Acton Memorial Library
Otto Geers served on the Nita.
Nita, a wooden sidewheel steamer built in 1856 at Mobile, Ala., was captured while carrying food and medicine from Havana toward Mobile by Union blockading schooner De Soto 17 August 1863. Taken to Key West, under a prize crew, Nita was condemned by a prize court; transferred to the Navy 10 September 1863; and commissioned 8 January 1864, Actg. Vol. Lt. Robert B. Smith in command.
Assigned to the East Gulf Blockading Squadron, Nita patrolled the west coast of Florida for the remainder of the Civil War, operating primarily between the mouth of the Suwanee River and the Anclote Keys. On the morning of 24 February, Lt. Smith, alerted by Union intelligence agents in Cuba, spotted steamer Nan-Nan, laden with cotton, attempting to slip to sea through the east pass of the Suwanee River. Nita at once gave chase. Twice she ran aground in the shallow coastal waters, but forced Nan Nan to throw her cotton over board in attempting to escape. The blockade runner then stranded on the beach where her crew burned her to prevent capture.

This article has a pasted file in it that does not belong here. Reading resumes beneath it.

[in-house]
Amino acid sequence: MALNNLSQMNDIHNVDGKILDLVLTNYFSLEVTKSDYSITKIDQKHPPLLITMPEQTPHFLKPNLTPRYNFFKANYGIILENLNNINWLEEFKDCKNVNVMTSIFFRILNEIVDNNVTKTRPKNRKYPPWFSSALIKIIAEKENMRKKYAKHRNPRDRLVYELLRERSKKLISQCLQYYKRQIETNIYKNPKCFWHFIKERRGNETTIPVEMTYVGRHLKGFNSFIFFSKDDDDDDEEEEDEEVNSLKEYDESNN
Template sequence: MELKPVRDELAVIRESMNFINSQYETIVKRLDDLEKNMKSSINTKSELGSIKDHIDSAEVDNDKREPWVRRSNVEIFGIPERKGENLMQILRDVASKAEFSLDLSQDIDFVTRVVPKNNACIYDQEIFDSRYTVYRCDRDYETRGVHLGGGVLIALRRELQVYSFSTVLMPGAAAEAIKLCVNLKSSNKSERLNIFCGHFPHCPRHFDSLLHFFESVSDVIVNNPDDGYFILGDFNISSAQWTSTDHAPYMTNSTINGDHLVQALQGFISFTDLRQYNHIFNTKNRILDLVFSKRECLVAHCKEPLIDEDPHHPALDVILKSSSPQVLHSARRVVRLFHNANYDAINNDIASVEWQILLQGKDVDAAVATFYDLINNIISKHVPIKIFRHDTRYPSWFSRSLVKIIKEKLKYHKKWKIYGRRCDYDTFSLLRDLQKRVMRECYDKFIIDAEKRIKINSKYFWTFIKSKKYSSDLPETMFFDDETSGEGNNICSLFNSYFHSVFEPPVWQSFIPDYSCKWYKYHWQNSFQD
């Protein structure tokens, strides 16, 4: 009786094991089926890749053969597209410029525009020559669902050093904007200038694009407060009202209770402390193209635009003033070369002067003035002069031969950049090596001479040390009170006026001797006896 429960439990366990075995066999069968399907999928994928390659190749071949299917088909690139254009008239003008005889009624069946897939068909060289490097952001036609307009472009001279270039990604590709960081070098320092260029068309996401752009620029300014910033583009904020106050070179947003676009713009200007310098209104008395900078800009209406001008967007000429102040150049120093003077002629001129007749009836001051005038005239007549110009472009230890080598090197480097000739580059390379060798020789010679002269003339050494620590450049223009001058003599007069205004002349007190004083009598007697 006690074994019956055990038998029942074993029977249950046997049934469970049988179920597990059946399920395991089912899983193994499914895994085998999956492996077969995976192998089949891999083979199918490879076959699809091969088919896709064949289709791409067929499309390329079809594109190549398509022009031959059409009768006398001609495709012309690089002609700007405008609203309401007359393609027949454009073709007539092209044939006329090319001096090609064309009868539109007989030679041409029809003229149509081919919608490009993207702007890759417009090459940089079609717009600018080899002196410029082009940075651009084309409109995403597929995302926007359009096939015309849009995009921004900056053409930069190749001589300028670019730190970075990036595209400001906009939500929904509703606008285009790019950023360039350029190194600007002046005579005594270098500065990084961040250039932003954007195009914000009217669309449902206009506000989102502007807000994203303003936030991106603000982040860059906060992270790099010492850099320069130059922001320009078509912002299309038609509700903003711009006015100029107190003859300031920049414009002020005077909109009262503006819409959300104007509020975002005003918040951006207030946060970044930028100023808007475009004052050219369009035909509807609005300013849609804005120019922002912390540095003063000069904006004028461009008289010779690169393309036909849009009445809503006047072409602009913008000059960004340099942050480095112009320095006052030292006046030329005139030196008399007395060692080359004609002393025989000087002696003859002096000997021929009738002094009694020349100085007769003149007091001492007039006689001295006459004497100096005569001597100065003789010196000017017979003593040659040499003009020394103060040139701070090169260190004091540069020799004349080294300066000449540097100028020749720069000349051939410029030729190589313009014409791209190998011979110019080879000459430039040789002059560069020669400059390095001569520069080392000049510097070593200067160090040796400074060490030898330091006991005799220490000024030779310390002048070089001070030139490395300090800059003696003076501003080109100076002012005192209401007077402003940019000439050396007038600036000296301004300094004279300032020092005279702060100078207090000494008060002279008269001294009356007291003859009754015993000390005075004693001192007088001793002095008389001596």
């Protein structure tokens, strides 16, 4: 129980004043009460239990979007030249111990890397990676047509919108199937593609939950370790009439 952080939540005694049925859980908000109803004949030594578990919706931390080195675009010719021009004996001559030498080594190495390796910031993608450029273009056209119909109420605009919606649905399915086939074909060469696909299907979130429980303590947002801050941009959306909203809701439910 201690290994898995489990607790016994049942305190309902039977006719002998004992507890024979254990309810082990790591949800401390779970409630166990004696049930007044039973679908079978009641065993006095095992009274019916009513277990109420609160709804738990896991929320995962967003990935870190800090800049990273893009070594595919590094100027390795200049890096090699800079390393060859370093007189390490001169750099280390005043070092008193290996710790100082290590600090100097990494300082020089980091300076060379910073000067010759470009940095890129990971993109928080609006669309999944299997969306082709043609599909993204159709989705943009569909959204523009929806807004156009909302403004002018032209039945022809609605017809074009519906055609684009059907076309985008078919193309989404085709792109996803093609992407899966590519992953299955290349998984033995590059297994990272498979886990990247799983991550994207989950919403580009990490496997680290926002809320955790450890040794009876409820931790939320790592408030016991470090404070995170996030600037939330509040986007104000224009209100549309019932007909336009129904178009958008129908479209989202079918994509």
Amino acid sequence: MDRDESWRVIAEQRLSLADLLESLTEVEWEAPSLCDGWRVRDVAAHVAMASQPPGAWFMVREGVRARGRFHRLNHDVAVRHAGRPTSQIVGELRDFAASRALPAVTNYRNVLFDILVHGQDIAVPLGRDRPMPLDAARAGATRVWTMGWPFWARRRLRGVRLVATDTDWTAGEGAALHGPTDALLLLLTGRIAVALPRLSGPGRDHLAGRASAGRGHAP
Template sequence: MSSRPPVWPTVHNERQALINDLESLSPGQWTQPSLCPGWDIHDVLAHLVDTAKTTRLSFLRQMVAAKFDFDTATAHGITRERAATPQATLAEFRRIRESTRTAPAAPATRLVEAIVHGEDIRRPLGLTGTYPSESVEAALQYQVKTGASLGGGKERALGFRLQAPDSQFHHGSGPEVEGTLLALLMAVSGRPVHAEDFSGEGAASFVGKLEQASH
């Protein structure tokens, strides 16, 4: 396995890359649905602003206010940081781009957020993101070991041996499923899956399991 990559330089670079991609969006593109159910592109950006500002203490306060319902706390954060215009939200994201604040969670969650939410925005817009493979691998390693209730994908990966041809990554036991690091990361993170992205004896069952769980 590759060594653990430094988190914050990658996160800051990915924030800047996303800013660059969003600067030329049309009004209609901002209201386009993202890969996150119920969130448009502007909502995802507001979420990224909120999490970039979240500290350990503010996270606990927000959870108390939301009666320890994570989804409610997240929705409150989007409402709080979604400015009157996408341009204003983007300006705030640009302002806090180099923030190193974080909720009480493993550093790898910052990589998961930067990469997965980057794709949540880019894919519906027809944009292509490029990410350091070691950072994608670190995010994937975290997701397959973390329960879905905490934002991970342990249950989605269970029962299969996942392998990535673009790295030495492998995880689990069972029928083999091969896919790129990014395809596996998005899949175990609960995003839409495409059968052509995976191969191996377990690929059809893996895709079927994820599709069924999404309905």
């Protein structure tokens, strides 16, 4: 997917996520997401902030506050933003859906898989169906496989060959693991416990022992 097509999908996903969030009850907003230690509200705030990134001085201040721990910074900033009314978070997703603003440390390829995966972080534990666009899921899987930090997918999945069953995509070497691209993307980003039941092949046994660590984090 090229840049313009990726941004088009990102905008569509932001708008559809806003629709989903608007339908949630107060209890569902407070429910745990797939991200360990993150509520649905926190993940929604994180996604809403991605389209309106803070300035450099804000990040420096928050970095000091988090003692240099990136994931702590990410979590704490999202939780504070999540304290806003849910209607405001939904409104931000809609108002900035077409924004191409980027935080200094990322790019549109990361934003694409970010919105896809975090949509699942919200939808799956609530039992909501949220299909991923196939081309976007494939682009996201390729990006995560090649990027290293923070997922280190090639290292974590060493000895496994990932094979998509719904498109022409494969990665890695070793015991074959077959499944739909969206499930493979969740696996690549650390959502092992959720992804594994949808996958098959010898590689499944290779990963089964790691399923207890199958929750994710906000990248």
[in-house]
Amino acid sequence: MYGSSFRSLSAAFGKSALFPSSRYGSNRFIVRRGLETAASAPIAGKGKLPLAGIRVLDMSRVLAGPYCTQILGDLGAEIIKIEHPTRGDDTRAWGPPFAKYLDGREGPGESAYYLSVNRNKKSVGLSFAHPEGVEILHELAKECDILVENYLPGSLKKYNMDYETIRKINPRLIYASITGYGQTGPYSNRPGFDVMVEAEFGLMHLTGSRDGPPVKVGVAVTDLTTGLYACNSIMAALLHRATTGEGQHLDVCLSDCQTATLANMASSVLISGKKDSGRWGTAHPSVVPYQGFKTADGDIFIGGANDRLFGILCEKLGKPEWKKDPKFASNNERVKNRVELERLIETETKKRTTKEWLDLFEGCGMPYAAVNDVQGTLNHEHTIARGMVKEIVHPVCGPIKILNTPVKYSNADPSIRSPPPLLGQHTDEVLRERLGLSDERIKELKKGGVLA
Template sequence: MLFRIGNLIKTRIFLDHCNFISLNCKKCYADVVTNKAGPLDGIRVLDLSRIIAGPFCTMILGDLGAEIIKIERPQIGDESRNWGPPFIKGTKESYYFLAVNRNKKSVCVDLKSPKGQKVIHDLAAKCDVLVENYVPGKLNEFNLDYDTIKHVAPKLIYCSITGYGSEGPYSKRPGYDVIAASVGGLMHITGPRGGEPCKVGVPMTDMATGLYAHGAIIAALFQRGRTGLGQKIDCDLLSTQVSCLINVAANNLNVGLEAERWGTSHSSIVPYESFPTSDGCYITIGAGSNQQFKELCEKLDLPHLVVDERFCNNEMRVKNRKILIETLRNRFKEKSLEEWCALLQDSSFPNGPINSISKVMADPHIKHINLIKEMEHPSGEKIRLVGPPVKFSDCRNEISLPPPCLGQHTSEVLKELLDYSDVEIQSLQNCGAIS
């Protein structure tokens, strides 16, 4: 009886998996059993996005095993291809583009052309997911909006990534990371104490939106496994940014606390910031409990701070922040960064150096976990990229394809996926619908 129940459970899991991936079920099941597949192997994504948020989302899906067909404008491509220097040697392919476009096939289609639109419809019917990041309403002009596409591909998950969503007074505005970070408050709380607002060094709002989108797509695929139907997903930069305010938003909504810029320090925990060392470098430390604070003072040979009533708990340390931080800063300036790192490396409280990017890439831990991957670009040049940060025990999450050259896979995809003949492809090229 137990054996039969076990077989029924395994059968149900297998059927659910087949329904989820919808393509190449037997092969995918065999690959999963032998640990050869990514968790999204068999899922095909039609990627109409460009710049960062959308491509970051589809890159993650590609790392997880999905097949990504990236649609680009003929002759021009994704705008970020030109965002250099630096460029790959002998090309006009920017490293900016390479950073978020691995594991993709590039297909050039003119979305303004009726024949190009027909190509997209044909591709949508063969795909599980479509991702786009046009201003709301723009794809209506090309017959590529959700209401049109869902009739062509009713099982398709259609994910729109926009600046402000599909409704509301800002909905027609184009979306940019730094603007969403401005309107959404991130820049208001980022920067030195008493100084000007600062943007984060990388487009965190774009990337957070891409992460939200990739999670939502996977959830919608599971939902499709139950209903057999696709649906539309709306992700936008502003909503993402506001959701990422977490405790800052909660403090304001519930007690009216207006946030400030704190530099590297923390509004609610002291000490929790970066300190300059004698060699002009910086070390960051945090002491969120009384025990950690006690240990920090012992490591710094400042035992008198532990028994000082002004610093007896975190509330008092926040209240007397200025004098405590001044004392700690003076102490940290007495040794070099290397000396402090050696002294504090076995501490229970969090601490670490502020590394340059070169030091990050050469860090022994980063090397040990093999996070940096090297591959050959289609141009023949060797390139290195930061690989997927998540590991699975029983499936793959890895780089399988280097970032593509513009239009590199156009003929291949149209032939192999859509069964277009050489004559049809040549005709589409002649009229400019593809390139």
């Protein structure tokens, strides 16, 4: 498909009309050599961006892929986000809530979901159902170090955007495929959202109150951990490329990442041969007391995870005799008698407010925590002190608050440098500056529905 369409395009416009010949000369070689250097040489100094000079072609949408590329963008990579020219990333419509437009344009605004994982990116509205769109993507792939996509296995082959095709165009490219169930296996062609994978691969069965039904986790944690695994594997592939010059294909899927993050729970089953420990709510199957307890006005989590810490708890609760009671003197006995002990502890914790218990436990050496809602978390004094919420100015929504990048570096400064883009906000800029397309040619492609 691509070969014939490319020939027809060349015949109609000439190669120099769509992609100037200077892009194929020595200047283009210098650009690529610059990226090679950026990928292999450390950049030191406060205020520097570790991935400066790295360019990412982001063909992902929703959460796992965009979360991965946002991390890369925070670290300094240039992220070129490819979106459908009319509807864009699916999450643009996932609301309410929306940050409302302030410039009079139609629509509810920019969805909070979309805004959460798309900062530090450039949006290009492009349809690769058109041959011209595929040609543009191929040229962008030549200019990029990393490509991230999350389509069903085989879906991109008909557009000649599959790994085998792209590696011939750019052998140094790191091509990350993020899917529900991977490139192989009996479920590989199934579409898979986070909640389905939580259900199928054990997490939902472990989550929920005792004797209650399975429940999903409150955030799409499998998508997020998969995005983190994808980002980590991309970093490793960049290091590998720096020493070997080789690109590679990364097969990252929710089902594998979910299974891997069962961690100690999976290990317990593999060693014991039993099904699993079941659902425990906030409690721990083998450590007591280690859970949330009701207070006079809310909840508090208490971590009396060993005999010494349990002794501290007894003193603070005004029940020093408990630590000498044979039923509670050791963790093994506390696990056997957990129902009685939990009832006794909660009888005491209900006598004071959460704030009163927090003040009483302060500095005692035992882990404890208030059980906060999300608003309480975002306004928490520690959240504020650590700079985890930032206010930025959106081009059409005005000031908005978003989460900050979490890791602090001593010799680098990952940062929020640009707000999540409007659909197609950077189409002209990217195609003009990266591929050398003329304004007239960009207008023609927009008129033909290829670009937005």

Boats from Nita took her next prize, schooner Three Brothers, 11 April, at the mouth of the Homosassa River after a chase of three hours. The schooner had been attempting to slip into the river laden with supplies from Havana. Nita took her final ship on the morning of 24 October when two of her boats boarded abandoned and burning schooner Unknown off Clearwater Harbor. They promptly put out the fire and sent the prize to Key West for adjudication.
On 12 November Nita and Hendrick Hudson steamed to Tampa Bay on a reconnaissance mission and landed a party to destroy Confederate salt works near Rocky Point, Fla. However, the sailors were driven back by Southern cavalry. Early on 3 December, Nita and four other Union ships returned and destroyed the salt works.
The efficiency of the Union Navy throughout the war made prizes scarce during the conflict’s final months. Nita continued patrolling along the coast until she decommissioned at Key West 3 May 1865, and was sold at public auction the same day.
From: Dictionary of American Naval Fighting Ships. Washington: Navy Dept., Office of the Chief of Naval Operations, Naval History Division, 1959-1981. Vol. 5, p. 87. Online at: www.history.navy.mil/danfs